This medicine contains less than 1 mmol sodium (23 mg) per dose, that is to say essentially “sodium-free”.

4.5 Interaction with other medicinal products and other forms of interaction

No interaction studies have been performed with Mydrane.

Since the systemic exposure is expected to be very low (see section 5.2), systemic interactions are unlikely.

4.6 Fertility, pregnancy and lactation


There are no adequate data from the use of phenylephrine and tropicamide in pregnant women. Animal studies are insufficient with respect to effects on pregnancy, embryonic/foetal development, parturition and postnatal development.

Although animal studies have revealed no evidence of harm to the foetus, lidocaine crosses the placenta and should not be administered during pregnancy.

Even though a negligible systemic uptake is expected, a low systemic exposure cannot be excluded.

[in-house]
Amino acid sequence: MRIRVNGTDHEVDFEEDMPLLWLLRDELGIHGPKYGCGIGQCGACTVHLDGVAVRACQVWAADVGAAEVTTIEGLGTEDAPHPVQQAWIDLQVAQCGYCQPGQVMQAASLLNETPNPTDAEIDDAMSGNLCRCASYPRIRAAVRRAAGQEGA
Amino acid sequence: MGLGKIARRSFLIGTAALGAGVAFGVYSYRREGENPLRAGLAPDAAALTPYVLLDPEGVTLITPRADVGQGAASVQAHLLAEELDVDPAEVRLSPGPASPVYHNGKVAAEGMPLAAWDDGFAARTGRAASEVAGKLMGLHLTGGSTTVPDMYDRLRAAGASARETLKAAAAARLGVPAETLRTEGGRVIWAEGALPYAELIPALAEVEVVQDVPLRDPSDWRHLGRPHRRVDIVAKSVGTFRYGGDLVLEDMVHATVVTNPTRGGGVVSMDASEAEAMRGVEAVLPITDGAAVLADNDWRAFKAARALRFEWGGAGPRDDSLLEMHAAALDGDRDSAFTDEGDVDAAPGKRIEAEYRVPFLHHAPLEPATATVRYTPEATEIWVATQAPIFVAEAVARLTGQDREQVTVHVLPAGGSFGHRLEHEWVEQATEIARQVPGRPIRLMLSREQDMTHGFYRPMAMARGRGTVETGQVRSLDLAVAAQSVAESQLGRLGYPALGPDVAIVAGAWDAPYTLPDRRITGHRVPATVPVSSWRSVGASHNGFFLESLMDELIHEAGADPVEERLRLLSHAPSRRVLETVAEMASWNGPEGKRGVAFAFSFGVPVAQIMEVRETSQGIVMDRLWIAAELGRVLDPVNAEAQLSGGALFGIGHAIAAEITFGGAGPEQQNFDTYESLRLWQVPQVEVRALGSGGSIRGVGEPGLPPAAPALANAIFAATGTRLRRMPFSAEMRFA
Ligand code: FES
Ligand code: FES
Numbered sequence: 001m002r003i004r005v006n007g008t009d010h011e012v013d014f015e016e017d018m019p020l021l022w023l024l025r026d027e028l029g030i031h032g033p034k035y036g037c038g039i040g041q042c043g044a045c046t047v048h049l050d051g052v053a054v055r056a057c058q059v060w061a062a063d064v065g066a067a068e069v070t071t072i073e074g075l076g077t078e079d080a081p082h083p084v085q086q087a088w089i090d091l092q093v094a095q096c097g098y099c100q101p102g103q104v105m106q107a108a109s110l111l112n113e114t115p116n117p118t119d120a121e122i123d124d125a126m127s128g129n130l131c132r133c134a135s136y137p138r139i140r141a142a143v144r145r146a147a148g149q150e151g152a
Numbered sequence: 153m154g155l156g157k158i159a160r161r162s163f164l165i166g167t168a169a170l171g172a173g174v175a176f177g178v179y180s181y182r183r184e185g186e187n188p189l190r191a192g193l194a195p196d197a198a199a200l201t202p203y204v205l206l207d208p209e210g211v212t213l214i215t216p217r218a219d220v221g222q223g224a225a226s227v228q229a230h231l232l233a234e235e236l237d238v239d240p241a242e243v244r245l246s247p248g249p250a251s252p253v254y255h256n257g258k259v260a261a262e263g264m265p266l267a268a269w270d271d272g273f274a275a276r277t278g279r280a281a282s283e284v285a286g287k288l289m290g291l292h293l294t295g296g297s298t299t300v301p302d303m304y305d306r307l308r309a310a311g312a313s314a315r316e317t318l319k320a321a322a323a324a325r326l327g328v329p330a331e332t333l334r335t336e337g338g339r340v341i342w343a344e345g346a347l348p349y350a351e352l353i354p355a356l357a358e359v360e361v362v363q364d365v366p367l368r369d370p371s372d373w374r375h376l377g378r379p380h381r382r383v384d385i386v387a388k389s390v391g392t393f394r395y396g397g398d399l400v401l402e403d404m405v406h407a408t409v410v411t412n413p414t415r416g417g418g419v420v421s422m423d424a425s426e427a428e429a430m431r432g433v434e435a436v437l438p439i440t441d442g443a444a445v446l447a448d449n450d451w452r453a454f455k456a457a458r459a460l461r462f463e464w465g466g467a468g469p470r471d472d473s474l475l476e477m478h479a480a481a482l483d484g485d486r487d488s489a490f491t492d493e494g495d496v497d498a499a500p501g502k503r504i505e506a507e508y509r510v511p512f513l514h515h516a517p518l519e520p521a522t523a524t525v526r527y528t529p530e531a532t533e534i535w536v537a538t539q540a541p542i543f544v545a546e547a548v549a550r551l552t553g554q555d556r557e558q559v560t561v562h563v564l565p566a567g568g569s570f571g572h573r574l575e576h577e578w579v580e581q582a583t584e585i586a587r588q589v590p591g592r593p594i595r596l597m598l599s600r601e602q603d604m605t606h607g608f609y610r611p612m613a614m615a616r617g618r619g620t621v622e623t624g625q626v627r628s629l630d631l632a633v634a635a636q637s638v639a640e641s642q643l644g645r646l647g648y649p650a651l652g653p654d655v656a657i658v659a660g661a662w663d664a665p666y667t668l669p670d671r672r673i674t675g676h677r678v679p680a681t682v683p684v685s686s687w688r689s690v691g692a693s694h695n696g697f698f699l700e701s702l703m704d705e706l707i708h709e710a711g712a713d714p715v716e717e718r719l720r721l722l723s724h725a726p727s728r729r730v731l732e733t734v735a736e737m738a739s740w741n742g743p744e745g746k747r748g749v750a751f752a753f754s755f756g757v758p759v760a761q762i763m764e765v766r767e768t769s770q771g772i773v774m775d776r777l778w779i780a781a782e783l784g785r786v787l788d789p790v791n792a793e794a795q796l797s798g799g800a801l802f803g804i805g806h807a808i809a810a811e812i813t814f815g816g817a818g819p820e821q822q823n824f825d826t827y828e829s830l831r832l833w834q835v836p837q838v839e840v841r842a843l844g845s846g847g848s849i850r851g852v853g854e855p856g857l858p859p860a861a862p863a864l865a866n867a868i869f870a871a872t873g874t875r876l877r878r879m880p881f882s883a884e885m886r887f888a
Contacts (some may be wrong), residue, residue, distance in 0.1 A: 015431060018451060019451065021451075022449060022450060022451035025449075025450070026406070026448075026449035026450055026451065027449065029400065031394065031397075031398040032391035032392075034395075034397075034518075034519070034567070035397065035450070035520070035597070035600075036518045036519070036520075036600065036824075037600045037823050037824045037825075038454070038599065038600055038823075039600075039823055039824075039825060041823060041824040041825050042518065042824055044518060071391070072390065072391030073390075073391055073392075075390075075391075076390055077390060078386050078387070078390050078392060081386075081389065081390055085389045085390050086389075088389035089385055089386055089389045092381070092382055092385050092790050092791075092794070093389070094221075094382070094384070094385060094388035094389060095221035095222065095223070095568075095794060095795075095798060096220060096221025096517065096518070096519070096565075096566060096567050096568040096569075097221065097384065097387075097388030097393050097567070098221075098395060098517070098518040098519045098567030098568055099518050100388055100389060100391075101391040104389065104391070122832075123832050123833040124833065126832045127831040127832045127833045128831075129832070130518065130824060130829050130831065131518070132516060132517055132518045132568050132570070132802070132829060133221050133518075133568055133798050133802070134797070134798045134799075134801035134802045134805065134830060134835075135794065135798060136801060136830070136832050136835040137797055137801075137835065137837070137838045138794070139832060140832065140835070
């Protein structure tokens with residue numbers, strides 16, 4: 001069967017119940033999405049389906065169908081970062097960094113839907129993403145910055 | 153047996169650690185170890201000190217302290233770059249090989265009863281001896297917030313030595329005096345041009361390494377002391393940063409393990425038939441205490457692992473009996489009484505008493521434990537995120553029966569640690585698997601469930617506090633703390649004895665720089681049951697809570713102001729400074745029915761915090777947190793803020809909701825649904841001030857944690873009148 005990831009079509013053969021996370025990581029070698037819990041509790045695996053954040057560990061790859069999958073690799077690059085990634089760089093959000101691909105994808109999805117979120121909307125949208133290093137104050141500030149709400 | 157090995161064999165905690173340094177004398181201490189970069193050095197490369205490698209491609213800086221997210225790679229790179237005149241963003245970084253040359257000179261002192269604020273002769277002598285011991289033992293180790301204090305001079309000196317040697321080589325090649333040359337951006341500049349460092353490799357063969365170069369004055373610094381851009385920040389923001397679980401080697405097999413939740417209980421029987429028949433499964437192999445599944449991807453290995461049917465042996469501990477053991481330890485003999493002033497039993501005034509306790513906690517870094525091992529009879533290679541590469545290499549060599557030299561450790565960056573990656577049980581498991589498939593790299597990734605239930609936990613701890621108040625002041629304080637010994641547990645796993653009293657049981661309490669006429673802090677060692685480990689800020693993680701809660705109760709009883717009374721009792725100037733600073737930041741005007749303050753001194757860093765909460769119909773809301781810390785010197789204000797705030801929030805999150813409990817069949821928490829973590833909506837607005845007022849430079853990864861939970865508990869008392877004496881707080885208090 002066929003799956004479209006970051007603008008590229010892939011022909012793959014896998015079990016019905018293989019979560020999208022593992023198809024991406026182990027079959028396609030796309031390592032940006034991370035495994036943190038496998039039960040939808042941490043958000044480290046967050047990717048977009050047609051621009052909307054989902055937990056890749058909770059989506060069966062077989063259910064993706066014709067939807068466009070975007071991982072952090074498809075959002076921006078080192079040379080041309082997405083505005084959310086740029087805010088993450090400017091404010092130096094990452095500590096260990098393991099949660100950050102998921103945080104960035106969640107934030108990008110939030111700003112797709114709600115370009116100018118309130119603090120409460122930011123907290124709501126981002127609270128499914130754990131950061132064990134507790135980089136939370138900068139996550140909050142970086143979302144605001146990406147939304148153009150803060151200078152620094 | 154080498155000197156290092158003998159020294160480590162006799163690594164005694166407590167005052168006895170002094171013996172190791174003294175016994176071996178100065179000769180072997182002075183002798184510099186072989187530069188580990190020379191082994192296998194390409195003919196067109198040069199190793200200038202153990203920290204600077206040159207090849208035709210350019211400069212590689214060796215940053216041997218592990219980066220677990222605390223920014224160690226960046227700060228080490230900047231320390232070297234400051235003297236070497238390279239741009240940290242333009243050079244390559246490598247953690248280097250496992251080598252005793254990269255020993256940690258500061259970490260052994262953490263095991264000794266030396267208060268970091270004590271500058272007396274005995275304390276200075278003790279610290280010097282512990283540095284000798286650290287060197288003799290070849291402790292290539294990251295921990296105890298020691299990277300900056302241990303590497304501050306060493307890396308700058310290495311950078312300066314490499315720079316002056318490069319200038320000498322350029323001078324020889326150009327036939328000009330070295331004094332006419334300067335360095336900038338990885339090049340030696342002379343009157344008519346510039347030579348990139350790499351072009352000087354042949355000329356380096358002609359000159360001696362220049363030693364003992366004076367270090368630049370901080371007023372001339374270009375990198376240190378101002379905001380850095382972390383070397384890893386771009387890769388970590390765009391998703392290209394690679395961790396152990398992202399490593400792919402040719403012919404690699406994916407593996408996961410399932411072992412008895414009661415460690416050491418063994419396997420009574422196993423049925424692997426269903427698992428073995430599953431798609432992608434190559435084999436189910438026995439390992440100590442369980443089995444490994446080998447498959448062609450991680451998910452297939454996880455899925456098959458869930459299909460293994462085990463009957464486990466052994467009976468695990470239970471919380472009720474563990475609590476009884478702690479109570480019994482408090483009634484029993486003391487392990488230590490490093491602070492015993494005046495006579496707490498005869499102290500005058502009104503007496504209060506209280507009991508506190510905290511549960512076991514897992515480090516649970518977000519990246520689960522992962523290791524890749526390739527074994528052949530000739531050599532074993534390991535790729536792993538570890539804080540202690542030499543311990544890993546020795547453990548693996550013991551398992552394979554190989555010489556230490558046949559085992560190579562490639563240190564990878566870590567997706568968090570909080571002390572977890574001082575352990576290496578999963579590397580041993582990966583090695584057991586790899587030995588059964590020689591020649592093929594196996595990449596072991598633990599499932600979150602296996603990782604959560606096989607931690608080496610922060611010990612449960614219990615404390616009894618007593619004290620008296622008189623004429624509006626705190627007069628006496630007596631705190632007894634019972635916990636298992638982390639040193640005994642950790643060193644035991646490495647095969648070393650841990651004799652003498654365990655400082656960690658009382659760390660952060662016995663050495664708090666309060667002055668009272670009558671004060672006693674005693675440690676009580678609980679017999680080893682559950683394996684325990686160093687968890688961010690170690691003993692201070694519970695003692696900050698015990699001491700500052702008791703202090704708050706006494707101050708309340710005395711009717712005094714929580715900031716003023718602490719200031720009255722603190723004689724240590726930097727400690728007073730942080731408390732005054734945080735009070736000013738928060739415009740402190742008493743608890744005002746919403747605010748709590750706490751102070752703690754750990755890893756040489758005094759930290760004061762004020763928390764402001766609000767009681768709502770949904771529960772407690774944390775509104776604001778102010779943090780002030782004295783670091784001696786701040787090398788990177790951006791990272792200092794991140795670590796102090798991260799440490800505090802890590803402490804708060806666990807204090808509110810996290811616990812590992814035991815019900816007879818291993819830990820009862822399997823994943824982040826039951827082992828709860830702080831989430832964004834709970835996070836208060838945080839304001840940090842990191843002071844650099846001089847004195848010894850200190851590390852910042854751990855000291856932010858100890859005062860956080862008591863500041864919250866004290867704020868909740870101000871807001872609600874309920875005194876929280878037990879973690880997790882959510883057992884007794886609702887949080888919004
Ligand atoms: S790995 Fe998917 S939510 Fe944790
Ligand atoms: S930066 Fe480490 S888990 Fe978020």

Therefore, Mydrane should not be used during pregnancy.


No data are available concerning the secretion of phenylephrine or tropicamide into breast milk. However, phenylephrine is poorly absorbed orally, implying that absorption by the infant would be negligible. On the other hand, infants may be very sensitive to anticholinergics, and despite the expected negligible systemic exposure, tropicamide is therefore not recommended during breast feeding.

Small amounts of lidocaine are secreted into breast milk and there is a possibility of an allergic reaction in the infant.

Therefore, Mydrane should not be used during breast feeding.


There is no information on whether Mydrane may affect fertility in human males or females.

4.7 Effects on ability to drive and use machines

Mydrane has a moderate influence on the ability to drive and use machines, due to its mydriatic effect. Consequently, after cataract surgery with one Mydrane injection, the patient should be advised not to drive and/or use machines while the visual disturbances persist.